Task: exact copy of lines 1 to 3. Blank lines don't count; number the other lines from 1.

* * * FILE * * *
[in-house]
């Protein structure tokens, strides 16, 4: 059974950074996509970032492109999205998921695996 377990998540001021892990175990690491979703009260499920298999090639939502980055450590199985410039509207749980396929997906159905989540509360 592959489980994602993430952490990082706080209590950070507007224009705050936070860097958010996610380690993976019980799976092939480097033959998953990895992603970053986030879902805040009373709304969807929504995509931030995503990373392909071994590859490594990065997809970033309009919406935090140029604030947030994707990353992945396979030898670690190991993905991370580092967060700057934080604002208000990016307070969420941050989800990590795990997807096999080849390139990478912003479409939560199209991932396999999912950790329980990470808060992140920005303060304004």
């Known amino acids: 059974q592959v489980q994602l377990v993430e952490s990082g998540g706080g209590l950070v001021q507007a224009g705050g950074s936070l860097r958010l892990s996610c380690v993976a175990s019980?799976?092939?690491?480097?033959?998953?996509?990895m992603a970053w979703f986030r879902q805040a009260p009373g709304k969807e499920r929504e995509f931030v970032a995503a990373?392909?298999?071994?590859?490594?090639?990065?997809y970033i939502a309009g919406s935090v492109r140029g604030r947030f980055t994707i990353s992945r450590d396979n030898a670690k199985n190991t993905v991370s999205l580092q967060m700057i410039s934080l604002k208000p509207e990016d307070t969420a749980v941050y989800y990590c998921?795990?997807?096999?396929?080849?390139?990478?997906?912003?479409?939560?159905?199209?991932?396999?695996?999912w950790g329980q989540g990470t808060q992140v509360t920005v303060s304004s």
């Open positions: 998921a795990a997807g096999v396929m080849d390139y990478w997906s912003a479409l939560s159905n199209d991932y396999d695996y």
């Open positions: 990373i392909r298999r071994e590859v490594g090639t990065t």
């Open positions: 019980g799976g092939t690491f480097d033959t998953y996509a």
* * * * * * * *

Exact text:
[in-house]
């Protein structure tokens, strides 16, 4: 059974950074996509970032492109999205998921695996 377990998540001021892990175990690491979703009260499920298999090639939502980055450590199985410039509207749980396929997906159905989540509360 592959489980994602993430952490990082706080209590950070507007224009705050936070860097958010996610380690993976019980799976092939480097033959998953990895992603970053986030879902805040009373709304969807929504995509931030995503990373392909071994590859490594990065997809970033309009919406935090140029604030947030994707990353992945396979030898670690190991993905991370580092967060700057934080604002208000990016307070969420941050989800990590795990997807096999080849390139990478912003479409939560199209991932396999999912950790329980990470808060992140920005303060304004």
């Known amino acids: 059974q592959v489980q994602l377990v993430e952490s990082g998540g706080g209590l950070v001021q507007a224009g705050g950074s936070l860097r958010l892990s996610c380690v993976a175990s019980?799976?092939?690491?480097?033959?998953?996509?990895m992603a970053w979703f986030r879902q805040a009260p009373g709304k969807e499920r929504e995509f931030v970032a995503a990373?392909?298999?071994?590859?490594?090639?990065?997809y970033i939502a309009g919406s935090v492109r140029g604030r947030f980055t994707i990353s992945r450590d396979n030898a670690k199985n190991t993905v991370s999205l580092q967060m700057i410039s934080l604002k208000p509207e990016d307070t969420a749980v941050y989800y990590c998921?795990?997807?096999?396929?080849?390139?990478?997906?912003?479409?939560?159905?199209?991932?396999?695996?999912w950790g329980q989540g990470t808060q992140v509360t920005v303060s304004s």